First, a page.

Wow, that’s some pretty scary stuff. So what did the NHTSA actually discover? The agency reported that it “remains unaware of any real-world crashes that have resulted in a battery-related fire involving the Chevy Volt or any other electric vehicle. NHTSA continues to believe that electric vehicles show great promise as a safe and fuel-efficient option for American drivers.” (Emphasis mine.)
Chevy has made a change to the vehicle that will be retrofitted onto all existing Volts and incorporated into the assembly of all new vehicles to prevent the problem that arose during the crash testing. Aaron Bragman, an analyst with IHS Automotive told the LA Times, “GM came out with a fix for it because it was a public relations issue, but from an engineering viewpoint there really wasn’t a problem with the car, considering the conditions of the test needed to create a fire.”
This is all very good news for American consumers as gasoline prices are predicted to rise even more in the coming year. Even better news for California consumers, Chevy will be introducing a California-only version of the Volt in March that will qualify for a $1,500 state rebate and, even more valuable, single occupant access to California’s carpool lanes.
It will be interesting to see how opponents of EVs, like the Leaf, and PHEVs, like the Volt, will spin this news. More likely than not, they will ignore it altogether.
Every now and then you come across a news item that leaves you scratching your head - “What were they thinking?” you wonder. That was our reaction to a NY Times article reporting that giant retailer Costco is removing its already installed charging stations for Electric Vehicles (EVs). Really? Now they are doing this? Just as modern, capable EVs (and plug-in hybrids or PHEVs) become widely available, they are removing their charging stations? How does that make any sense?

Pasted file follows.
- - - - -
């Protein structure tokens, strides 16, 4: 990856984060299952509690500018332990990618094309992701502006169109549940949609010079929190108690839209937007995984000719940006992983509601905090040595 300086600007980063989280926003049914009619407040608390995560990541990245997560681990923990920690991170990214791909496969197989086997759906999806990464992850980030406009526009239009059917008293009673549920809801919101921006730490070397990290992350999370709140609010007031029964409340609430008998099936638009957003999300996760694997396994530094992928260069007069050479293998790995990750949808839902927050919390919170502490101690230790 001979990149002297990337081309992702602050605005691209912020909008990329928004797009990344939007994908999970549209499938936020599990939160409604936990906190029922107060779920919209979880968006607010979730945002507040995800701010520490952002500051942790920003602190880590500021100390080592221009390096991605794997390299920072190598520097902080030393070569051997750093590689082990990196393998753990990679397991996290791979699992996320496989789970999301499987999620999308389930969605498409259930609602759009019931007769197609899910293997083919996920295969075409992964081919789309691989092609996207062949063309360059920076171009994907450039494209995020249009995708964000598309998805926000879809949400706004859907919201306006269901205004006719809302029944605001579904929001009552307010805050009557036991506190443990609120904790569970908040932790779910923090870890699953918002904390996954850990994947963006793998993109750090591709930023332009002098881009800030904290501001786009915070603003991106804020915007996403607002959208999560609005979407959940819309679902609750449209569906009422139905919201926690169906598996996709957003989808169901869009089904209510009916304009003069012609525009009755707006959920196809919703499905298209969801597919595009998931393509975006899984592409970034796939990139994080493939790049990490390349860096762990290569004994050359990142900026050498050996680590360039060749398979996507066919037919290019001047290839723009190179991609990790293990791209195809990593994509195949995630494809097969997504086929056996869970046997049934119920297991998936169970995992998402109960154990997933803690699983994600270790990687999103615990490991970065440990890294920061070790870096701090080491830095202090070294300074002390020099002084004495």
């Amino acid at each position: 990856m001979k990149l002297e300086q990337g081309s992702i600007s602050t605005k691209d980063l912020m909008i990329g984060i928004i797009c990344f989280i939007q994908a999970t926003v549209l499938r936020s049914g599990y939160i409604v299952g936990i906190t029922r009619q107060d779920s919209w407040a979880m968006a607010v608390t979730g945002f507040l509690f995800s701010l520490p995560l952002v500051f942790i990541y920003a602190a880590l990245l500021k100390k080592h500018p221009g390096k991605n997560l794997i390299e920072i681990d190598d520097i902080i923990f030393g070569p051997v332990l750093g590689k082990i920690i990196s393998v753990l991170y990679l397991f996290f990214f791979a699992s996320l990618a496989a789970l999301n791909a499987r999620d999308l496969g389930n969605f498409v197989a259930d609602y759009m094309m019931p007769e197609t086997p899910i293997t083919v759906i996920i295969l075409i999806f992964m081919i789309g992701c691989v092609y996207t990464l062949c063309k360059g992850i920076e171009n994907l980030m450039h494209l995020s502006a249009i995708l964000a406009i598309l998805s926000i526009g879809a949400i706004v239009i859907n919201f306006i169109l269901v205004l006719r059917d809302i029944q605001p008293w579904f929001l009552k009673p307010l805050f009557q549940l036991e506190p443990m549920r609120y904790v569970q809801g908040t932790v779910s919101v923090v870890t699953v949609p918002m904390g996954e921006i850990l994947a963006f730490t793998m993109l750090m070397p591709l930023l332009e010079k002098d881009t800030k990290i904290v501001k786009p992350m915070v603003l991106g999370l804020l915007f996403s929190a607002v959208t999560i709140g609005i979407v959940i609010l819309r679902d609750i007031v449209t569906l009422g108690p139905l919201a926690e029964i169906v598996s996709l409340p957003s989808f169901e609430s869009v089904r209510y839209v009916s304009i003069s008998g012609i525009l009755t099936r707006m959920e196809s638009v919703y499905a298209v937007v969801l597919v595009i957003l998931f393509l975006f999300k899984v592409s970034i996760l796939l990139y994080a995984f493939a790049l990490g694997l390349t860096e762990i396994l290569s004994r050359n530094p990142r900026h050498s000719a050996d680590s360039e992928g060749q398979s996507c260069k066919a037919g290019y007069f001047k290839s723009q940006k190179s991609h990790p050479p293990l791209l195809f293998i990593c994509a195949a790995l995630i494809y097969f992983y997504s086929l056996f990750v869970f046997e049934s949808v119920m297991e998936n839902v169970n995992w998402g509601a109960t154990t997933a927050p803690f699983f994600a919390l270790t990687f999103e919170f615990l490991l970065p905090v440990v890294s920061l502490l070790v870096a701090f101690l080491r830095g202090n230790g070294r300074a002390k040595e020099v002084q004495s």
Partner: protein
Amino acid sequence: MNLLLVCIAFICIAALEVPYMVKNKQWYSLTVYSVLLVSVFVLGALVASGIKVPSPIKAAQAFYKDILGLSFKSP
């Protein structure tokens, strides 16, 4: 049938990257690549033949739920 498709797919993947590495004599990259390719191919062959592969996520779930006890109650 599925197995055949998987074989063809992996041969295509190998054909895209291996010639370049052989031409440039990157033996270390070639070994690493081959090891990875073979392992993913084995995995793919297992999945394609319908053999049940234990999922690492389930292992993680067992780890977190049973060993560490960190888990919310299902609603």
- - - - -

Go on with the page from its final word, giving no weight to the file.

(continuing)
Costco had originally installed its chargers back during the original EV boom that was documented in Who Killed the Electric Car. That boom ended when the California Air Resources Board caved on their EV mandate and GM - which had only leased, not sold its EV-1 vehicles - recalled them from their drivers and sent them to the scrap pile (despite howls of protest). But all of that took place years ago. So why remove the chargers now?
According to Costco management, the chargers were not being used enough to justify keeping them. Now part of that might be due to the age of the chargers which makes them a poor match for today’s EVs. Yet, the California Energy Commission has a program in place to help pay for upgrading old chargers - like the ones at Costco - with state-of-the-art models that are perfectly matched to the new round of EVs. “Not interested,” said Costco. According to the article:
Mr. Hoover [the general manager for Costco in northern California] said that E.V. charging was “very inefficient and not productive” for the retailer. “The bottom line is that there are a lot of other ways to be green,” he said. “We have five million members in the region, and just a handful of people are using these devices.”
Mr. Hoover said the company was aware of the state-funded upgrade program, but did not see a compelling reason to take advantage of it.
“Why should we have anybody spend money on a program that nobody’s thought through?” he said.
Hoover’s dismissive attitude was reflected in the comments - particularly the comments “highlighted” by NY Times editorial staff - that were shockingly ill-informed. Here’s one example:
Isn’t it enough the public has to subsidize the purchase of these slow-moving boondoggles, must we continue to coddle them throughout their entire (mercifully, short) lifespans? Calling them “green", btw, is laughable, as if the electricity coming through these chargers was generated by pixies using fairy dust. In the unlikely event these fadcars ever became popular, they’d add to the stress on our already over-burdened electric grid.
As we have noted before, we don’t believe in electricity produced by “fairy dust” - but we do believe that EVs, when combined with solar power systems - provide a way to have an incredibly cleaner driving system than what most of us are using today. And numerous studies have demonstrated that for EVs charging at night, they will impose no burden at all on the grid. Indeed, as the grid gets “smarter” EVs have the potential to help even out demand by providing power back to the grid.
The good folks over at Plug In America have launched a letter writing campaign to try and reverse Costco’s curious decision. We encourage you to check it out.